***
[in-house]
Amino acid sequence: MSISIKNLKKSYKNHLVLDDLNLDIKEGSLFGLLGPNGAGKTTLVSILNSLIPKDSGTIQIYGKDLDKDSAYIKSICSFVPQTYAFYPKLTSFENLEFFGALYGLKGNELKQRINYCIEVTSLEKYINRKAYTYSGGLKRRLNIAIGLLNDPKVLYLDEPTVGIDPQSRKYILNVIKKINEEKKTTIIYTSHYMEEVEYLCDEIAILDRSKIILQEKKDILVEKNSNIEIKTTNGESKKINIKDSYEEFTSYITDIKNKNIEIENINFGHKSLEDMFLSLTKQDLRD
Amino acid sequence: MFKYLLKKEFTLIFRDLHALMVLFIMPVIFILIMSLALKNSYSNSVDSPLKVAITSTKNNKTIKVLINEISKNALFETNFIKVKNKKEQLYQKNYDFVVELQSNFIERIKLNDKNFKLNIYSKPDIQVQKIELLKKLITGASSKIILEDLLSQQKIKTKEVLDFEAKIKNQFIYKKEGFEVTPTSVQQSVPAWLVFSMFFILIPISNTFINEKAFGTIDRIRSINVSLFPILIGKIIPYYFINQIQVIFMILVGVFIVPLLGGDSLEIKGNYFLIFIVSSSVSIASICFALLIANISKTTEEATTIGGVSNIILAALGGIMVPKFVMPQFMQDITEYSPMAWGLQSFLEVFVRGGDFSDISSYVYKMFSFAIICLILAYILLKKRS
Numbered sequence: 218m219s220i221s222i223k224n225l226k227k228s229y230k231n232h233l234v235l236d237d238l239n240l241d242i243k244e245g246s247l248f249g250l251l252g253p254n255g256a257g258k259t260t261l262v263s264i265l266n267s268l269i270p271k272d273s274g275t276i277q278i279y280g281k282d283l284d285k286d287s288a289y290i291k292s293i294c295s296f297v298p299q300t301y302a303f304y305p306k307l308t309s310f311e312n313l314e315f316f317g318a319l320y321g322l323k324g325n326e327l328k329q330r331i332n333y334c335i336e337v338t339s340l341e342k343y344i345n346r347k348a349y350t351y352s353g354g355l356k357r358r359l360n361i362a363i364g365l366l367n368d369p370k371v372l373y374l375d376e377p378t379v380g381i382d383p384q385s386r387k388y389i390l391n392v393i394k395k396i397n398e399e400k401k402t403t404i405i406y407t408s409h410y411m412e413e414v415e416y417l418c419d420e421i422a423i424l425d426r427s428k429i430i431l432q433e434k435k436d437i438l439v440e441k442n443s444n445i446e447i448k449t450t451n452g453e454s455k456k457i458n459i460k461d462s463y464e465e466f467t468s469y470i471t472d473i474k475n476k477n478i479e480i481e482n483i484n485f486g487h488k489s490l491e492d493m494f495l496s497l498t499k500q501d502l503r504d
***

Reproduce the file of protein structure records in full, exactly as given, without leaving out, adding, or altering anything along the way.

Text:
[in-house]
Amino acid sequence: MSISIKNLKKSYKNHLVLDDLNLDIKEGSLFGLLGPNGAGKTTLVSILNSLIPKDSGTIQIYGKDLDKDSAYIKSICSFVPQTYAFYPKLTSFENLEFFGALYGLKGNELKQRINYCIEVTSLEKYINRKAYTYSGGLKRRLNIAIGLLNDPKVLYLDEPTVGIDPQSRKYILNVIKKINEEKKTTIIYTSHYMEEVEYLCDEIAILDRSKIILQEKKDILVEKNSNIEIKTTNGESKKINIKDSYEEFTSYITDIKNKNIEIENINFGHKSLEDMFLSLTKQDLRD
Amino acid sequence: MFKYLLKKEFTLIFRDLHALMVLFIMPVIFILIMSLALKNSYSNSVDSPLKVAITSTKNNKTIKVLINEISKNALFETNFIKVKNKKEQLYQKNYDFVVELQSNFIERIKLNDKNFKLNIYSKPDIQVQKIELLKKLITGASSKIILEDLLSQQKIKTKEVLDFEAKIKNQFIYKKEGFEVTPTSVQQSVPAWLVFSMFFILIPISNTFINEKAFGTIDRIRSINVSLFPILIGKIIPYYFINQIQVIFMILVGVFIVPLLGGDSLEIKGNYFLIFIVSSSVSIASICFALLIANISKTTEEATTIGGVSNIILAALGGIMVPKFVMPQFMQDITEYSPMAWGLQSFLEVFVRGGDFSDISSYVYKMFSFAIICLILAYILLKKRS
Numbered sequence: 218m219s220i221s222i223k224n225l226k227k228s229y230k231n232h233l234v235l236d237d238l239n240l241d242i243k244e245g246s247l248f249g250l251l252g253p254n255g256a257g258k259t260t261l262v263s264i265l266n267s268l269i270p271k272d273s274g275t276i277q278i279y280g281k282d283l284d285k286d287s288a289y290i291k292s293i294c295s296f297v298p299q300t301y302a303f304y305p306k307l308t309s310f311e312n313l314e315f316f317g318a319l320y321g322l323k324g325n326e327l328k329q330r331i332n333y334c335i336e337v338t339s340l341e342k343y344i345n346r347k348a349y350t351y352s353g354g355l356k357r358r359l360n361i362a363i364g365l366l367n368d369p370k371v372l373y374l375d376e377p378t379v380g381i382d383p384q385s386r387k388y389i390l391n392v393i394k395k396i397n398e399e400k401k402t403t404i405i406y407t408s409h410y411m412e413e414v415e416y417l418c419d420e421i422a423i424l425d426r427s428k429i430i431l432q433e434k435k436d437i438l439v440e441k442n443s444n445i446e447i448k449t450t451n452g453e454s455k456k457i458n459i460k461d462s463y464e465e466f467t468s469y470i471t472d473i474k475n476k477n478i479e480i481e482n483i484n485f486g487h488k489s490l491e492d493m494f495l496s497l498t499k500q501d502l503r504d